Local February 9, 2012 | 9:07 am

Top Spanish hoteliers also say the country lacks legal security

PUNTA CANA, Dominican Republic.- The Spanish hotel chain Grupo Barceló on Wednesday joined a growing choir of foreign companies which have complained of a lack of requested legal security for foreign investment, just two months after a similar complaint by the Ambassador from the United Kingdom.

Barceló asked the presidents of the Republic and of the Supreme Court to provide legal security, after the Altagracia province (east) Collegiate Court, headed by an interim judge, sentenced the resort’s top executives to five years in prison.

In a statement, the owner of several hotels in the area of Bavaro said the judicial decision stems from a civil and commercial suit related to a confiscation lien, executed by a tenant in the complex, whose contract had expired and for default in payment.

It said the eviction order led to an accusation of larceny by robbery, then to temporary incarceration and a ban on leaving the country, “concluding with a sentence of alleged aggravated robbery.”

The sentence was handed down November 23, 2011, the same day in which United Kingdom ambassador Steven Fisher complained of a lack of legal security for foreign investors.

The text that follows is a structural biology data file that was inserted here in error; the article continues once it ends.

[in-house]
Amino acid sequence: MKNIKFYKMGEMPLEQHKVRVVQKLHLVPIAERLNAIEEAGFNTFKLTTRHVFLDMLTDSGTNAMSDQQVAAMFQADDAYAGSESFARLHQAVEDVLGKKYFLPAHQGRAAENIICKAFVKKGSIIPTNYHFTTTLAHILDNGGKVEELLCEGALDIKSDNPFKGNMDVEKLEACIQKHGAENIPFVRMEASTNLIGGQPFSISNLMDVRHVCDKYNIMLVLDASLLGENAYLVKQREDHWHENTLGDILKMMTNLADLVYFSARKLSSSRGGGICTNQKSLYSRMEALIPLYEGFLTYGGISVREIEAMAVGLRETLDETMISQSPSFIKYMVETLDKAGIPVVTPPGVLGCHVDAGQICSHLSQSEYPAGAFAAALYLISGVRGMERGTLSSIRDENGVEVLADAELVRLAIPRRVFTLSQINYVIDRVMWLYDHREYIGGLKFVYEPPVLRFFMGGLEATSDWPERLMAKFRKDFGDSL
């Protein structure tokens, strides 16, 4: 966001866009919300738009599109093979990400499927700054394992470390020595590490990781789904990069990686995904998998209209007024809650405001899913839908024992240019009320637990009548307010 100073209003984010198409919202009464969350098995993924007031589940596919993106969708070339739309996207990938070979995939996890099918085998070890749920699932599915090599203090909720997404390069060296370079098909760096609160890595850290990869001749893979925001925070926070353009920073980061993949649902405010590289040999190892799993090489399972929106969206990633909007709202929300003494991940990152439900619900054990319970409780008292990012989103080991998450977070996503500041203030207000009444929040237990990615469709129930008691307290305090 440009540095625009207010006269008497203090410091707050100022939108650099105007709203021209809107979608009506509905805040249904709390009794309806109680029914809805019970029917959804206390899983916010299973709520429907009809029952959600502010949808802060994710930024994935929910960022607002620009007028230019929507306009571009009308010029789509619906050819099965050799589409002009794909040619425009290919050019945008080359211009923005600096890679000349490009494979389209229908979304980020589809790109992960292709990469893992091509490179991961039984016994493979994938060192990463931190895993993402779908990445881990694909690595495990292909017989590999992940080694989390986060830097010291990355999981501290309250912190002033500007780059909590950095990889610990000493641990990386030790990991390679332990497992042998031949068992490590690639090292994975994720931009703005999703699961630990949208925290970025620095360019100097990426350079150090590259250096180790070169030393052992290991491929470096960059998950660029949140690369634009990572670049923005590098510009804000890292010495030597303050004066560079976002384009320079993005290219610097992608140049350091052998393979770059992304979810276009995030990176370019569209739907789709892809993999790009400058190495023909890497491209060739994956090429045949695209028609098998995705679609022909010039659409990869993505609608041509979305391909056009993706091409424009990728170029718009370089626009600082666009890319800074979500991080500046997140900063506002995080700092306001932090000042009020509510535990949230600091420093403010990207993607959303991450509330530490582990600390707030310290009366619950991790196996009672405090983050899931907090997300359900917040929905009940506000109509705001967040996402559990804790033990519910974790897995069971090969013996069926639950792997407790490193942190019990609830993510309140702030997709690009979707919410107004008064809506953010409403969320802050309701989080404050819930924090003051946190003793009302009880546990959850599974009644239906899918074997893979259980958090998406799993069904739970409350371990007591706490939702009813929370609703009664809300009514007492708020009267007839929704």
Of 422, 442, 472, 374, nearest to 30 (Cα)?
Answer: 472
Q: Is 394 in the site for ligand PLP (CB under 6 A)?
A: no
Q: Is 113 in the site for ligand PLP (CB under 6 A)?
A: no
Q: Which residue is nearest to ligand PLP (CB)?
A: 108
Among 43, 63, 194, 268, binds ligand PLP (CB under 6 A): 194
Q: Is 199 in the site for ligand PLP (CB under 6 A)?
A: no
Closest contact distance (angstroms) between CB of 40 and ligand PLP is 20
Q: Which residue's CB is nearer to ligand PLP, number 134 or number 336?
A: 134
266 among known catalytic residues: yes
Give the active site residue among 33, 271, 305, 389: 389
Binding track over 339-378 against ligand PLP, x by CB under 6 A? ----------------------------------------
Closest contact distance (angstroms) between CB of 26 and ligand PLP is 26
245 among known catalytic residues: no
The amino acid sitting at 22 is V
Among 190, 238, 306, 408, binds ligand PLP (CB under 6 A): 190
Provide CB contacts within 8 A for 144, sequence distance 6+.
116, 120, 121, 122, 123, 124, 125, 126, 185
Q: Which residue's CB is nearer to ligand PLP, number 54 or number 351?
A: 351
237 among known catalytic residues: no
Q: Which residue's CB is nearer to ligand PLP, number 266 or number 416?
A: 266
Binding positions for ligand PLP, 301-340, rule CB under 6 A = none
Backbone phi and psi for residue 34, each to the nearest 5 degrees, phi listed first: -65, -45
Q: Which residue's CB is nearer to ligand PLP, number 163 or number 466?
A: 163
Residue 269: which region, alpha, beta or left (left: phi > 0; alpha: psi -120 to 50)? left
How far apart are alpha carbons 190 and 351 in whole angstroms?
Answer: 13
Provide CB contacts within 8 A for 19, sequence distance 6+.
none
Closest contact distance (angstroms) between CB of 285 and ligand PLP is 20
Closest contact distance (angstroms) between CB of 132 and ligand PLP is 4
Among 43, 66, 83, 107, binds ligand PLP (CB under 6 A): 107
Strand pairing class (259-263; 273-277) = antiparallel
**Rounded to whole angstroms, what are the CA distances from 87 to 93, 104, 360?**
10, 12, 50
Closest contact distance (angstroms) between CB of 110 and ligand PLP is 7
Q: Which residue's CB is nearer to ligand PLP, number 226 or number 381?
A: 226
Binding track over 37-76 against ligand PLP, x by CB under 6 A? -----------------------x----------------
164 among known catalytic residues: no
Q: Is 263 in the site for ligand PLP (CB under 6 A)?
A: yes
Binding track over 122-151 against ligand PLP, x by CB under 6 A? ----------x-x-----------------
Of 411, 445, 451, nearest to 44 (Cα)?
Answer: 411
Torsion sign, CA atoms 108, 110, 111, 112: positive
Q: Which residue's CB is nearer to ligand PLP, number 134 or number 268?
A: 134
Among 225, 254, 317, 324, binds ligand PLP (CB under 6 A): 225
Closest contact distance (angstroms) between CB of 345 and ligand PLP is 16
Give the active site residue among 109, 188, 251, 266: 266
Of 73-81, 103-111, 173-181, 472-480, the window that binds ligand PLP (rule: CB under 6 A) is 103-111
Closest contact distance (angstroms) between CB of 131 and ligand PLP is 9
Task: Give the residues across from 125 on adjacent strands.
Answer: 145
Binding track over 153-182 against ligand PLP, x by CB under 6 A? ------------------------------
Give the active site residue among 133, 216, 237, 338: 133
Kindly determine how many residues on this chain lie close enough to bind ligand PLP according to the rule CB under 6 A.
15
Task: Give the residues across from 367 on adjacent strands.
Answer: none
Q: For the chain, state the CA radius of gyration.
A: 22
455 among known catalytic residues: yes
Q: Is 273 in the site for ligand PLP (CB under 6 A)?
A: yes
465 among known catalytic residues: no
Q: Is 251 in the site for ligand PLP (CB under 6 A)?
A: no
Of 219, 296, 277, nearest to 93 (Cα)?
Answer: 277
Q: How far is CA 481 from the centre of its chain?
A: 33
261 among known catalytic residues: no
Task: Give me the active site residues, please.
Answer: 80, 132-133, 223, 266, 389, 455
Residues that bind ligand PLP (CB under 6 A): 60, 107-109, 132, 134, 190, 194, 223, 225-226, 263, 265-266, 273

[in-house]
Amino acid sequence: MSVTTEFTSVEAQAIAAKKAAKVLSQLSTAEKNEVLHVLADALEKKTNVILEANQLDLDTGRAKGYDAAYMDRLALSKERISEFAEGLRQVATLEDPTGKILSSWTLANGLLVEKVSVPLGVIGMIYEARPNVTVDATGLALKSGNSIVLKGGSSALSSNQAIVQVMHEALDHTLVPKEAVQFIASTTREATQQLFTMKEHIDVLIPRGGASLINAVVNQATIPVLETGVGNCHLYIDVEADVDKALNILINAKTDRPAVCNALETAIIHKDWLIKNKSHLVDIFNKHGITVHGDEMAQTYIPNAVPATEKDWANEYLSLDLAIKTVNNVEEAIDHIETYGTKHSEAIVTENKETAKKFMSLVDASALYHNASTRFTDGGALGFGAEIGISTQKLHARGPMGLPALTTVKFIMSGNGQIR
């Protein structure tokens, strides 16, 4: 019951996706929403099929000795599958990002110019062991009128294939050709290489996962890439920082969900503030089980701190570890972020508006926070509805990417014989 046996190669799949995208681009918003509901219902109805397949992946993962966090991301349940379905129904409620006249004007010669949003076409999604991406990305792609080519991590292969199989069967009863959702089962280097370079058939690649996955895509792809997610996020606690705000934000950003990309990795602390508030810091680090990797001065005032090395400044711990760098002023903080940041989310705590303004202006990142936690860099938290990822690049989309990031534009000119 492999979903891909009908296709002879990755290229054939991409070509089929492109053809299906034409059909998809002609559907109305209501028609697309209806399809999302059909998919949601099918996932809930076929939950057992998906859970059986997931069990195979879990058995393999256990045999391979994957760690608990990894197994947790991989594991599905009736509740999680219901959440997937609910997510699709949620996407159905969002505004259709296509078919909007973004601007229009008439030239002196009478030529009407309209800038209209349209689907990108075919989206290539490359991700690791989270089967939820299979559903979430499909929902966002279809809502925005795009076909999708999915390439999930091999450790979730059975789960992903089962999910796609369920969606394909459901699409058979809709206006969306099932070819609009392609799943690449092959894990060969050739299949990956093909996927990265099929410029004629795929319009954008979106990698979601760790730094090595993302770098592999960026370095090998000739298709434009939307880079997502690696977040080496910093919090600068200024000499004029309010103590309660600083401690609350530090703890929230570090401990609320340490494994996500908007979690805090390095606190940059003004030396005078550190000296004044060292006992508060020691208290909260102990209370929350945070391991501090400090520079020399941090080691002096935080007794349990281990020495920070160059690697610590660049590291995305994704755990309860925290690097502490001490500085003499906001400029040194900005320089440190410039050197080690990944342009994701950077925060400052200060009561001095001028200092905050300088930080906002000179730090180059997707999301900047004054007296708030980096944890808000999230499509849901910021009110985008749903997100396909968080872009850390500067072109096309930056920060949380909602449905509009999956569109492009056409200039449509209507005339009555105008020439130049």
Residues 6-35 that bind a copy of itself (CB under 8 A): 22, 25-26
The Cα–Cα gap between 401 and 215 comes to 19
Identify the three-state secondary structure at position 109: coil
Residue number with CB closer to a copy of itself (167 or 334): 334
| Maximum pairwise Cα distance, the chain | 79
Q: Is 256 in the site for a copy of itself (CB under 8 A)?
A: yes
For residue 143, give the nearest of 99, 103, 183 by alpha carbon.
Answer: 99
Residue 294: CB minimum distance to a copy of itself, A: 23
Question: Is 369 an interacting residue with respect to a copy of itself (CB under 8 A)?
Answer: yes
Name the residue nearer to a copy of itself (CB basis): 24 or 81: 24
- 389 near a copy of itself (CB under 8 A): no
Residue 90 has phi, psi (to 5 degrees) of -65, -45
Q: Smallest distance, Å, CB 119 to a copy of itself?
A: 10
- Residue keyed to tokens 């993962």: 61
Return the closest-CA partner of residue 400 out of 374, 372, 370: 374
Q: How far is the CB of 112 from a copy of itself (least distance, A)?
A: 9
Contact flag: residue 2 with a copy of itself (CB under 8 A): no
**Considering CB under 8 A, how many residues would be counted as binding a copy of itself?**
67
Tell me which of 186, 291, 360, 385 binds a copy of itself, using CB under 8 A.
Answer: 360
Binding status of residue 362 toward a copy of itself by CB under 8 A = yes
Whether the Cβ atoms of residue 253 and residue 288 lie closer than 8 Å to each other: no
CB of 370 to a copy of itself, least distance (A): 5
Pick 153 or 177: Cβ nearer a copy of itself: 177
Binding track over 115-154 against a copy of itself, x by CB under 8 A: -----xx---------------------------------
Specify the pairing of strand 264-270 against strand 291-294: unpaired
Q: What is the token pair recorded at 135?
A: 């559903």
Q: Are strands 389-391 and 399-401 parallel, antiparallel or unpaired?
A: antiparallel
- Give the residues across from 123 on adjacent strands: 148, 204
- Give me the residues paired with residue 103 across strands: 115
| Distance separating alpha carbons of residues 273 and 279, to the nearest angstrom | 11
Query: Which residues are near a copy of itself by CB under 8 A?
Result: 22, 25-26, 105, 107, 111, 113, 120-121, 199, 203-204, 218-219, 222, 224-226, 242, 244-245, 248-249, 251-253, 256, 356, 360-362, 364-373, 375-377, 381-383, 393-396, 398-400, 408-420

The sentence was appealed in the San Pedro Appellate Court, after the ruling by the Altagracia Collegiate Court, headed by interim judge Vicente Marte Jiménez, who replaced the presiding judge for that hearing, conducted with the other judges Arístides Dalmiro Heredia and Cindy Rosario Santana.

Barceló said faced with the ruling, the company and the defendants had denounced the irregularities and the investigation process to the former Chief Justice of the Supreme Court and the current Justice Minister, as well as the activities of which they’ve been victim of, by way of pressure by the plaintiffs to obtain an onerous transaction.

“We regret having to make this publication for the purpose of reminder of the repeated requests done by our company in that regard, but we feel abandoned in the face of so much injustice, by the evident absence of legal security, although we know that it isn’t generalized, and instead focused in concrete jurisdictions.”

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